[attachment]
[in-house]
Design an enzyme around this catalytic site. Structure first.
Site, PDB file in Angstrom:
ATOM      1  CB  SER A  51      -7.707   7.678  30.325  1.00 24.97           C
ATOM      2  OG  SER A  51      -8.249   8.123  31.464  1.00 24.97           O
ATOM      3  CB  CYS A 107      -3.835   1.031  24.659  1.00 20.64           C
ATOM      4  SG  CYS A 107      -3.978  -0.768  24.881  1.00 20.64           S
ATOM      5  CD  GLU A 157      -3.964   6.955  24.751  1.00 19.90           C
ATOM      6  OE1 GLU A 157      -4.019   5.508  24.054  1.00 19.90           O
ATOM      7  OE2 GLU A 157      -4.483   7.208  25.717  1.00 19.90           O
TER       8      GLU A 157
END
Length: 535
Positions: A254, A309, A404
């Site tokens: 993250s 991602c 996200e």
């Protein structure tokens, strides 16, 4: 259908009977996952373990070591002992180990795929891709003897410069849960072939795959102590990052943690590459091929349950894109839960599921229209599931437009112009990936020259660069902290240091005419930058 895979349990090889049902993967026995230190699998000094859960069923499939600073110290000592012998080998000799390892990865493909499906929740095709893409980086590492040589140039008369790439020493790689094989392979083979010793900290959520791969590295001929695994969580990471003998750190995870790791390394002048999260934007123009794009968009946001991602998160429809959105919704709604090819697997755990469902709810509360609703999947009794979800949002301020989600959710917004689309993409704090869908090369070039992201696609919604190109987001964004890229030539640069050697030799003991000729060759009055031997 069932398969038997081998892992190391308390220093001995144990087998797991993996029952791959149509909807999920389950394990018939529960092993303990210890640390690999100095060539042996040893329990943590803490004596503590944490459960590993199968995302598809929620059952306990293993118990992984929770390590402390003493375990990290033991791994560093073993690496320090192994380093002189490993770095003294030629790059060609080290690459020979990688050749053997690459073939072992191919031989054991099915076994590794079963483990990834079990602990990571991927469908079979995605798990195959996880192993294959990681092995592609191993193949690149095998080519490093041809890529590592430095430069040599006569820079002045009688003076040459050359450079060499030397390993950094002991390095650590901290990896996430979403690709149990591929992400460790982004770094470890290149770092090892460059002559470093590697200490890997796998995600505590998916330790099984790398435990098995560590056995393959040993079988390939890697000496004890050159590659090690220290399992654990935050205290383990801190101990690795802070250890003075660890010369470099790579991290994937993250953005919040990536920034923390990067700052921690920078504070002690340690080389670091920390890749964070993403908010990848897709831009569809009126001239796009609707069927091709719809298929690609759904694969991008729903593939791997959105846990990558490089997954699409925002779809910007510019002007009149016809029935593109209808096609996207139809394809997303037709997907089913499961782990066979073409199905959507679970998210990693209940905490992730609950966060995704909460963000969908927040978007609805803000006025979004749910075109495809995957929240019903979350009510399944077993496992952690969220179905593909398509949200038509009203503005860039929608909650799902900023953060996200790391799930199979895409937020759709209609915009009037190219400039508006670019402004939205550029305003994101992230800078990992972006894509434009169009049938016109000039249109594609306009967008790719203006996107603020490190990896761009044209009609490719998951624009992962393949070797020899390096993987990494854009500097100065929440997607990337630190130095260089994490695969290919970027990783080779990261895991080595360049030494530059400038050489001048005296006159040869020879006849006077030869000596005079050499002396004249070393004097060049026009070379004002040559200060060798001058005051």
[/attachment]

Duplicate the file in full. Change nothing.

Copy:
[in-house]
Design an enzyme around this catalytic site. Structure first.
Site, PDB file in Angstrom:
ATOM      1  CB  SER A  51      -7.707   7.678  30.325  1.00 24.97           C
ATOM      2  OG  SER A  51      -8.249   8.123  31.464  1.00 24.97           O
ATOM      3  CB  CYS A 107      -3.835   1.031  24.659  1.00 20.64           C
ATOM      4  SG  CYS A 107      -3.978  -0.768  24.881  1.00 20.64           S
ATOM      5  CD  GLU A 157      -3.964   6.955  24.751  1.00 19.90           C
ATOM      6  OE1 GLU A 157      -4.019   5.508  24.054  1.00 19.90           O
ATOM      7  OE2 GLU A 157      -4.483   7.208  25.717  1.00 19.90           O
TER       8      GLU A 157
END
Length: 535
Positions: A254, A309, A404
């Site tokens: 993250s 991602c 996200e």
């Protein structure tokens, strides 16, 4: 259908009977996952373990070591002992180990795929891709003897410069849960072939795959102590990052943690590459091929349950894109839960599921229209599931437009112009990936020259660069902290240091005419930058 895979349990090889049902993967026995230190699998000094859960069923499939600073110290000592012998080998000799390892990865493909499906929740095709893409980086590492040589140039008369790439020493790689094989392979083979010793900290959520791969590295001929695994969580990471003998750190995870790791390394002048999260934007123009794009968009946001991602998160429809959105919704709604090819697997755990469902709810509360609703999947009794979800949002301020989600959710917004689309993409704090869908090369070039992201696609919604190109987001964004890229030539640069050697030799003991000729060759009055031997 069932398969038997081998892992190391308390220093001995144990087998797991993996029952791959149509909807999920389950394990018939529960092993303990210890640390690999100095060539042996040893329990943590803490004596503590944490459960590993199968995302598809929620059952306990293993118990992984929770390590402390003493375990990290033991791994560093073993690496320090192994380093002189490993770095003294030629790059060609080290690459020979990688050749053997690459073939072992191919031989054991099915076994590794079963483990990834079990602990990571991927469908079979995605798990195959996880192993294959990681092995592609191993193949690149095998080519490093041809890529590592430095430069040599006569820079002045009688003076040459050359450079060499030397390993950094002991390095650590901290990896996430979403690709149990591929992400460790982004770094470890290149770092090892460059002559470093590697200490890997796998995600505590998916330790099984790398435990098995560590056995393959040993079988390939890697000496004890050159590659090690220290399992654990935050205290383990801190101990690795802070250890003075660890010369470099790579991290994937993250953005919040990536920034923390990067700052921690920078504070002690340690080389670091920390890749964070993403908010990848897709831009569809009126001239796009609707069927091709719809298929690609759904694969991008729903593939791997959105846990990558490089997954699409925002779809910007510019002007009149016809029935593109209808096609996207139809394809997303037709997907089913499961782990066979073409199905959507679970998210990693209940905490992730609950966060995704909460963000969908927040978007609805803000006025979004749910075109495809995957929240019903979350009510399944077993496992952690969220179905593909398509949200038509009203503005860039929608909650799902900023953060996200790391799930199979895409937020759709209609915009009037190219400039508006670019402004939205550029305003994101992230800078990992972006894509434009169009049938016109000039249109594609306009967008790719203006996107603020490190990896761009044209009609490719998951624009992962393949070797020899390096993987990494854009500097100065929440997607990337630190130095260089994490695969290919970027990783080779990261895991080595360049030494530059400038050489001048005296006159040869020879006849006077030869000596005079050499002396004249070393004097060049026009070379004002040559200060060798001058005051």